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Create the Space: Homeschooling

Homeschooling During Covid

With virtual learning rapidly expanding, everyone now needs a space where their child can learn successfully at home. Here are the tips I’ve learned through my own experience with my kids (and the ones every parent needs!).  

Did you frantically rearrange your guest bedroom last spring when schools closed? Are you now wondering how you’ll help your child be successful once again? You’re not alone. It was a big wakeup call when I was expected to help my kids do virtual learning one morning. I didn’t have the right space or supplies, and it was weighing on everyone involved.

I’ve found that creating a space for homeschooling can not only make school days more enjoyable but also more productive. Keep reading for my must-have advice for crafting the perfect homeschool space.

 

Understand the necessities

Unless you’re committed to transforming a bedroom into a schoolroom and stocking up on school supplies, your homeschool area is unlikely to look like a classroom. Luckily, it doesn’t need to! I’ve broken down our homeschool space into a couple of key elements. If you can add more “classroom” items, great! If not, that’s okay too. Here’s are my must-have features.

  • Work area with a flat surface
  • Comfortable seating
  • Good lighting
  • Space for storage
  • Supplies

 

  • Laptop
  • Pencils
  • Pens
  • Crayons
  • Papers
  • Books
  • Folders
  • Etc.

Find the right location

The location you choose to homeschool should be isolated enough that it is away from distractions but located near you (the parent). This way, your child can ask any questions or request help when necessary. Depending on the ages of your kids, they may need hands-on help!

For this reason, many parents are tempted to put their child right at the kitchen table so that they’re accessible. However, more often than not, this causes several problems.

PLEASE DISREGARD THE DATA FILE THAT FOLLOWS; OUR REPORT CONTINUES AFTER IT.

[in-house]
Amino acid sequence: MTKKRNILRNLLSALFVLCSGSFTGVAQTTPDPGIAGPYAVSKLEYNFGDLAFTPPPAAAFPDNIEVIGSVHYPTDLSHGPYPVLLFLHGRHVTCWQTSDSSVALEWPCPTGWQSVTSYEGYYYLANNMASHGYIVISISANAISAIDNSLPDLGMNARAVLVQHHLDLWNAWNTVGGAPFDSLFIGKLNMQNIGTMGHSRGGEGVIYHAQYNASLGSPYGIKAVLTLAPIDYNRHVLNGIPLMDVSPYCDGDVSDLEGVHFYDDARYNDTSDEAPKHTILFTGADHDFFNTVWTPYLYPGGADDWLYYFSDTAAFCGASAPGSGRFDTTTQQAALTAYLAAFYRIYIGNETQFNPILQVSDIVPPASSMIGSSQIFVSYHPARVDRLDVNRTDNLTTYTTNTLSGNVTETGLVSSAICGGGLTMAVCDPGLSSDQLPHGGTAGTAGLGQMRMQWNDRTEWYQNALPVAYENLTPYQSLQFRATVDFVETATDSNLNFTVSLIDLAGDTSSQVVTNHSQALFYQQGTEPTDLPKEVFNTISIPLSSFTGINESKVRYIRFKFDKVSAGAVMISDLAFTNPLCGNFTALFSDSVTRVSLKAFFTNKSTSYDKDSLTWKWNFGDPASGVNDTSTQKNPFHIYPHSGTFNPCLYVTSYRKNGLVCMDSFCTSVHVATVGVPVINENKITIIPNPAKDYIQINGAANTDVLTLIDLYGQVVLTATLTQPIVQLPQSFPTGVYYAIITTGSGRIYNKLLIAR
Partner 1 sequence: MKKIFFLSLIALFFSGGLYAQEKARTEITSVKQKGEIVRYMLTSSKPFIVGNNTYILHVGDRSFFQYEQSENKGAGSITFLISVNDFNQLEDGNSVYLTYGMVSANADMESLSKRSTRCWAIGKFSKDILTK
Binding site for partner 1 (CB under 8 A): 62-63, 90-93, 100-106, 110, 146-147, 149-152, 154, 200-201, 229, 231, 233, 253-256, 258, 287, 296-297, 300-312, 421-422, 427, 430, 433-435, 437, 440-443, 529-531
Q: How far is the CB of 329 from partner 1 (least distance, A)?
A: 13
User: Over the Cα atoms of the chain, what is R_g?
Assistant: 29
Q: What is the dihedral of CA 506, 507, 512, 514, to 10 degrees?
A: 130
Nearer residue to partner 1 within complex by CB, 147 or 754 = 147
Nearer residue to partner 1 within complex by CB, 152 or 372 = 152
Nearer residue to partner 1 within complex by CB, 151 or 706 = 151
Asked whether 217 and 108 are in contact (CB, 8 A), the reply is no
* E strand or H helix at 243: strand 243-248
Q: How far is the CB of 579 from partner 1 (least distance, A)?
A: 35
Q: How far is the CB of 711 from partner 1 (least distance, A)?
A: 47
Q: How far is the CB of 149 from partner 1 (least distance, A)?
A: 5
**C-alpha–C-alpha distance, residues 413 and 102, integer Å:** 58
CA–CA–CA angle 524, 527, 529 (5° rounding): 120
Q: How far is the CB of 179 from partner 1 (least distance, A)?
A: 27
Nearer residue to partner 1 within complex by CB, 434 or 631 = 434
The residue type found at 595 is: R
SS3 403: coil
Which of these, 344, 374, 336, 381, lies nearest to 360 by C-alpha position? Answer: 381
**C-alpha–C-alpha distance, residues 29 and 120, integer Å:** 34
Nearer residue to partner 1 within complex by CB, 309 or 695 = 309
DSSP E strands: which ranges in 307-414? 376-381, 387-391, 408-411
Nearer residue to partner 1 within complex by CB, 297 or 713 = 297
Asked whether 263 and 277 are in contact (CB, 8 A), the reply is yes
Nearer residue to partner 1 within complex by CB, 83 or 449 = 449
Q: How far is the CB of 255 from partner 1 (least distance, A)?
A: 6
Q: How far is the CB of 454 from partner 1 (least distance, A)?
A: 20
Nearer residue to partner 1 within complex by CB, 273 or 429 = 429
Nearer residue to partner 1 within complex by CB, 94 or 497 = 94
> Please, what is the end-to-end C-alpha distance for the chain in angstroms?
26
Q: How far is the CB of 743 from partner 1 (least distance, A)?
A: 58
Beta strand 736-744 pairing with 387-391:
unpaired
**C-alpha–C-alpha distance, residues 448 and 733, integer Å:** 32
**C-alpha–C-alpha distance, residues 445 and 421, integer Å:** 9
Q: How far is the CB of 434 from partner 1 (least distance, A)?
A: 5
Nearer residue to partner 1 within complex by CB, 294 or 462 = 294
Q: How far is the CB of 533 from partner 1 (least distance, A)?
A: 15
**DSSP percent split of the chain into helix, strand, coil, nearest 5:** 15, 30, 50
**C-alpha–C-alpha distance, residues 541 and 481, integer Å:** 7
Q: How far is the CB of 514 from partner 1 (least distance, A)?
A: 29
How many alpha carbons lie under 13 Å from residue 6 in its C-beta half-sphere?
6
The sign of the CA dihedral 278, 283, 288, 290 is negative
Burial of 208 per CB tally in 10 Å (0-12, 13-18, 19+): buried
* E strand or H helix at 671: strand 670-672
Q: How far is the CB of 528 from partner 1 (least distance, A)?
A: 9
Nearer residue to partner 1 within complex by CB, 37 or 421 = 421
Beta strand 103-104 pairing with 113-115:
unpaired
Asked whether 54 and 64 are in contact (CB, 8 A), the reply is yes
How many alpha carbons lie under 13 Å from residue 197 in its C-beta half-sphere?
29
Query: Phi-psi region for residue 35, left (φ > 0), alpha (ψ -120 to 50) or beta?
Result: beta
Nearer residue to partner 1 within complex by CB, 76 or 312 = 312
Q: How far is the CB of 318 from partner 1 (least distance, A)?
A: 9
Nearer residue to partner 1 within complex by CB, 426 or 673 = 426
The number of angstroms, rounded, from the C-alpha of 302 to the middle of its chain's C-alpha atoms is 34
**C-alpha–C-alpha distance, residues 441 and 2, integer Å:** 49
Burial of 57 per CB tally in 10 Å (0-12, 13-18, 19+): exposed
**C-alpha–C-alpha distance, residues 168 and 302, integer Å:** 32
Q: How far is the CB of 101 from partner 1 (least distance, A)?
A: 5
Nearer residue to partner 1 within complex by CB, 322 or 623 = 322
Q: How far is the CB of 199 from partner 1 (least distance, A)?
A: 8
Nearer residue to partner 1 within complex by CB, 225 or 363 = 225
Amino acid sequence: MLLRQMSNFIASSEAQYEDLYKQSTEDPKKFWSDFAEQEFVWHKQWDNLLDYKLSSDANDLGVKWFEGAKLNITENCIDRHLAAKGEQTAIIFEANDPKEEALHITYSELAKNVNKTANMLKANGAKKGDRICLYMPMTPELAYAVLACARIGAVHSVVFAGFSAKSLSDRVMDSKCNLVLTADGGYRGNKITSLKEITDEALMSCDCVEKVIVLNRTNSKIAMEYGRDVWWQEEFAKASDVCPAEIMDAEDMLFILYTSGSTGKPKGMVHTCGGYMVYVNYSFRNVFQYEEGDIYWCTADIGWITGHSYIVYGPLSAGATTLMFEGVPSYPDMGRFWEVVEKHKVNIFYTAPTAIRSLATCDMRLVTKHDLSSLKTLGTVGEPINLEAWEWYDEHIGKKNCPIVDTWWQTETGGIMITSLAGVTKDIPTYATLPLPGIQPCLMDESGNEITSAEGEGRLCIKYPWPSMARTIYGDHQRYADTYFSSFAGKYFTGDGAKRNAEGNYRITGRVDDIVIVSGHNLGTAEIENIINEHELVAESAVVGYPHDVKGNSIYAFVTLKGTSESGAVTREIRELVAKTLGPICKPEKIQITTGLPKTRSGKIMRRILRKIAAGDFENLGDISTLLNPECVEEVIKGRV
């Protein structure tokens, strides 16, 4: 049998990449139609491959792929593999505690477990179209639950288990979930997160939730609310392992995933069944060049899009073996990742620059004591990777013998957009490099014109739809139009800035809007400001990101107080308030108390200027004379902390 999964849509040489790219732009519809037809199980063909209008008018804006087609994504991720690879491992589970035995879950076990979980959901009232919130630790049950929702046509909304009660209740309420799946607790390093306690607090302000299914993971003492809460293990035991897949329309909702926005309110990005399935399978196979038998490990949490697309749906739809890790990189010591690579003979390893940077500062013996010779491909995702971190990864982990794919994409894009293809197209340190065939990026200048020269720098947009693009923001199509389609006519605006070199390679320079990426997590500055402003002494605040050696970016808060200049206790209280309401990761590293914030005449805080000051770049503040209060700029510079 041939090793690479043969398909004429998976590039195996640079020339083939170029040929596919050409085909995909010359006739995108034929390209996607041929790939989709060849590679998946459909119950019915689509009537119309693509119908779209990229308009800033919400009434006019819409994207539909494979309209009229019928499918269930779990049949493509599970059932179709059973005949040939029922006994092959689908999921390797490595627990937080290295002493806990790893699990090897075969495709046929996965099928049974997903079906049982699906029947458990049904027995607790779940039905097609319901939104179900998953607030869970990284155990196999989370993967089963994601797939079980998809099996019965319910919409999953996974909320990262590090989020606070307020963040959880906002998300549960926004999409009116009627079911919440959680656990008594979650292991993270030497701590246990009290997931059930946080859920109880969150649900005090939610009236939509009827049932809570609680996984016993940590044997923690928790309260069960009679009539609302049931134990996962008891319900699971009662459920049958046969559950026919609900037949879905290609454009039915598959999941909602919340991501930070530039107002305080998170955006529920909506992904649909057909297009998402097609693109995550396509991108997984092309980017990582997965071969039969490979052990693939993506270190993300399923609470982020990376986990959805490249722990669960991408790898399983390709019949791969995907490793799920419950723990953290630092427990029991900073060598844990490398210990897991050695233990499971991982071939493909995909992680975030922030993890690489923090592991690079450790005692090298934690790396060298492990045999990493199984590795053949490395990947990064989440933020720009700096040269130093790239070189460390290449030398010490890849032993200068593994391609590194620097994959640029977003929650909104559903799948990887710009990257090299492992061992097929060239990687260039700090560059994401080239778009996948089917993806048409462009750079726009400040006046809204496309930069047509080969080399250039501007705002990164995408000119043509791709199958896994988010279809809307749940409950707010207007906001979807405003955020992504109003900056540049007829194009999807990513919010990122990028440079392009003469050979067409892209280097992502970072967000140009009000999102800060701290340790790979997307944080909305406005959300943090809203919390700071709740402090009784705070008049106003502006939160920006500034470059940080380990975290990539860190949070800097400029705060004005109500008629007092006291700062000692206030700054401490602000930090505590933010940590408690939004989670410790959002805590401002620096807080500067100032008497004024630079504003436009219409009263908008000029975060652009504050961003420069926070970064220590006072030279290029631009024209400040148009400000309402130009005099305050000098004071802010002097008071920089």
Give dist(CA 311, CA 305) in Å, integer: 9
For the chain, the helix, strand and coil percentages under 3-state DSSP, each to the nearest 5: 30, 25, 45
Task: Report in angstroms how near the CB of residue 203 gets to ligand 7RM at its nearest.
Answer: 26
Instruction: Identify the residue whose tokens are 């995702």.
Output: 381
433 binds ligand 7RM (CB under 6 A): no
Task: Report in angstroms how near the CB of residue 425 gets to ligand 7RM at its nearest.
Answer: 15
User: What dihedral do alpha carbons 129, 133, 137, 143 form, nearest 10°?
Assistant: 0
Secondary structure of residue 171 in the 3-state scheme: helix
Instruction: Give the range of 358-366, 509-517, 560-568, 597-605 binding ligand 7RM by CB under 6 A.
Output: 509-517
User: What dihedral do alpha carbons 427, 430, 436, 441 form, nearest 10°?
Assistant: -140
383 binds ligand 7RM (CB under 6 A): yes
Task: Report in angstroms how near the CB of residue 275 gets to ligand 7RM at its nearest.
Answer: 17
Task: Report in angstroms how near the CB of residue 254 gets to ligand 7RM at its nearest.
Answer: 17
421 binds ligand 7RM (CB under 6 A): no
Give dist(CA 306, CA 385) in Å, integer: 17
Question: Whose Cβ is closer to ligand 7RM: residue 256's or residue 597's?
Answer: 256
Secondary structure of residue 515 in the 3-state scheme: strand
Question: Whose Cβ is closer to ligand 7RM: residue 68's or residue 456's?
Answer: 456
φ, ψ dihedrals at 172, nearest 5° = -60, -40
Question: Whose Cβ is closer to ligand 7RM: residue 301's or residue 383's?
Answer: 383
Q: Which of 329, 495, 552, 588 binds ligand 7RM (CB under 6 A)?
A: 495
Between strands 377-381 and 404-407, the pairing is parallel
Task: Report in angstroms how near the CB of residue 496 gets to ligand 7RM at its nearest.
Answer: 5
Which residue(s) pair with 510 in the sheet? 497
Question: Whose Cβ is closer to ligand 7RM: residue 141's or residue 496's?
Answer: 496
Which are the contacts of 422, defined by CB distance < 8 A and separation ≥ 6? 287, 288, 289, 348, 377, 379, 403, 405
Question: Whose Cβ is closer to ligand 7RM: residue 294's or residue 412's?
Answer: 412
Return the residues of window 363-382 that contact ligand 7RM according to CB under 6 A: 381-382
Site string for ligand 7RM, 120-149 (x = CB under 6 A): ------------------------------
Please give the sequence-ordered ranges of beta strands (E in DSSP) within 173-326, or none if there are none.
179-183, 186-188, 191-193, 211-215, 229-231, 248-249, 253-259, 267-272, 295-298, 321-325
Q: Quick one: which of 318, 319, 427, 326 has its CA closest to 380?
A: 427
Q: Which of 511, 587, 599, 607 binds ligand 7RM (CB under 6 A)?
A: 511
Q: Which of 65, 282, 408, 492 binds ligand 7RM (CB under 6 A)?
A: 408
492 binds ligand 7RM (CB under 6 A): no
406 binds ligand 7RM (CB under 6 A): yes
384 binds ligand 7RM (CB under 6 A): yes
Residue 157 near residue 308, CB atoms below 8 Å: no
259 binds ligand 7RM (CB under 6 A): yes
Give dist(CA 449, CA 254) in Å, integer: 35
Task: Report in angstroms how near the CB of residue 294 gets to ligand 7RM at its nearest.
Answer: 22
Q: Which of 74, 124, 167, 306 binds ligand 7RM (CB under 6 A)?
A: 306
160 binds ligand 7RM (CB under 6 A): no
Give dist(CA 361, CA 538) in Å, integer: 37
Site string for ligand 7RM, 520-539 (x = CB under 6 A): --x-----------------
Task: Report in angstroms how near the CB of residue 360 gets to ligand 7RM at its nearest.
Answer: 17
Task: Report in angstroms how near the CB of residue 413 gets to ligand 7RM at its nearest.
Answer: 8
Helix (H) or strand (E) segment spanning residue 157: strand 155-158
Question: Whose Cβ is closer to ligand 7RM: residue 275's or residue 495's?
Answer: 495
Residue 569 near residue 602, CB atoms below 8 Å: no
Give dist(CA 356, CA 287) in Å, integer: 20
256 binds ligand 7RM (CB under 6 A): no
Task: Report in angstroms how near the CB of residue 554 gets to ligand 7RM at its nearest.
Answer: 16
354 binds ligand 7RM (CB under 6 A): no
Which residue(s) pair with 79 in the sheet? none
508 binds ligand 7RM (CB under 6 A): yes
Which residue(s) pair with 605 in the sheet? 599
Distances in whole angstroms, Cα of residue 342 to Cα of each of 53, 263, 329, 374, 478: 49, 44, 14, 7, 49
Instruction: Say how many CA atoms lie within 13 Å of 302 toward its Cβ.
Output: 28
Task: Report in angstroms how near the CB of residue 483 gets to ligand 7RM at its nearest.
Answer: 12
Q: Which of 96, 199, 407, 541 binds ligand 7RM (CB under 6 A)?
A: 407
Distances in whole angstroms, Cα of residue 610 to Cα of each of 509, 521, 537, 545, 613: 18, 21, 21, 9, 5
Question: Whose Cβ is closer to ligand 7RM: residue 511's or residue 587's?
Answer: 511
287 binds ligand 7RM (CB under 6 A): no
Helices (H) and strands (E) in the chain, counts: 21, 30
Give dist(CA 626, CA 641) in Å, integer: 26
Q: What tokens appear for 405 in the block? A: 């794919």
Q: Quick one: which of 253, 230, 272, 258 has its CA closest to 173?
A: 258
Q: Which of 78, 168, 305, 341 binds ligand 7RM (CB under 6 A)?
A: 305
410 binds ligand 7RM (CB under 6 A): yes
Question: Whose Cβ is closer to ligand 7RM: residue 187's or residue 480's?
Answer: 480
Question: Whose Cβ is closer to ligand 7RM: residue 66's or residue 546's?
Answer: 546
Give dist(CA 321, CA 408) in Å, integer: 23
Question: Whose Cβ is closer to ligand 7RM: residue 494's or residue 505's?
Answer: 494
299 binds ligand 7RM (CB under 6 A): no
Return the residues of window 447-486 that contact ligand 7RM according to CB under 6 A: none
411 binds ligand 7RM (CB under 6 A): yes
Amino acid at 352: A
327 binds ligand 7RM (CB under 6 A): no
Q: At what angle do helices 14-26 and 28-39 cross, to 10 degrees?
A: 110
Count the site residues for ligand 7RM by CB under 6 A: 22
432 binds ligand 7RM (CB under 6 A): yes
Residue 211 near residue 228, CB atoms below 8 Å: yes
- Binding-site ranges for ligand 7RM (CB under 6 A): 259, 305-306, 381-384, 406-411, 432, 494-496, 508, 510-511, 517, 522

1. Your child is exposed to a number of distractions that may make it difficult to focus. For instance, younger siblings, cooking, phone calls, noise, etc.
  2. Their work will often need to be broken down and set back up each day. Because the kitchen table is used first and foremost to eat, they cannot leave their supplies there overnight. This can result in items getting lost or misplaced.
  3. A homeschool space should ideally be clean and uncluttered, and kitchen tables (or similar spaces like kitchen counters) are often shared among family members. If your child’s homeschool space not only holds their books but also food, toys, and laundry baskets, then this can be distracting as well.

 

Prioritize comfort and aesthetics

Your child should ultimately enjoy being in their homeschool space. One way you can create a highly desirable space is by making it comfortable. Uncomfortable seating will make your child fidgety and less likely to pay attention or absorb information.

I loved getting to design the homeschool space to suit my kids’ needs. I knew I wanted to facilitate comfort through colors like pale green, light blue, and muted lavender. These were all peaceful colors that were worked well for decoration.

 

Ask your student how they envision the space

 

When in doubt, be sure to ask your child what they want in the space. After all, they’ll be spending the majority of their time each day sitting in this space. What type of chair do they want? What color notebook do they want? What would make their days easier? Is there something that their classroom always had that they liked? Don’t forget who will actually be using your homeschool area the most!

My kids had plenty of opinions about what they wanted in their school space. It also made the whole prospective of homeschool more exciting for them.

 

Final thoughts

Your homeschool area is a vital space in your home, and I didn’t realize how much it mattered until my kids were learning at home full-time. Previously, they had just done their homework at the kitchen table.

Now, they have a homeschool space that helps them remain productive all day long. Putting time into it and designing it for their needs facilitated far more benefits than I anticipated.

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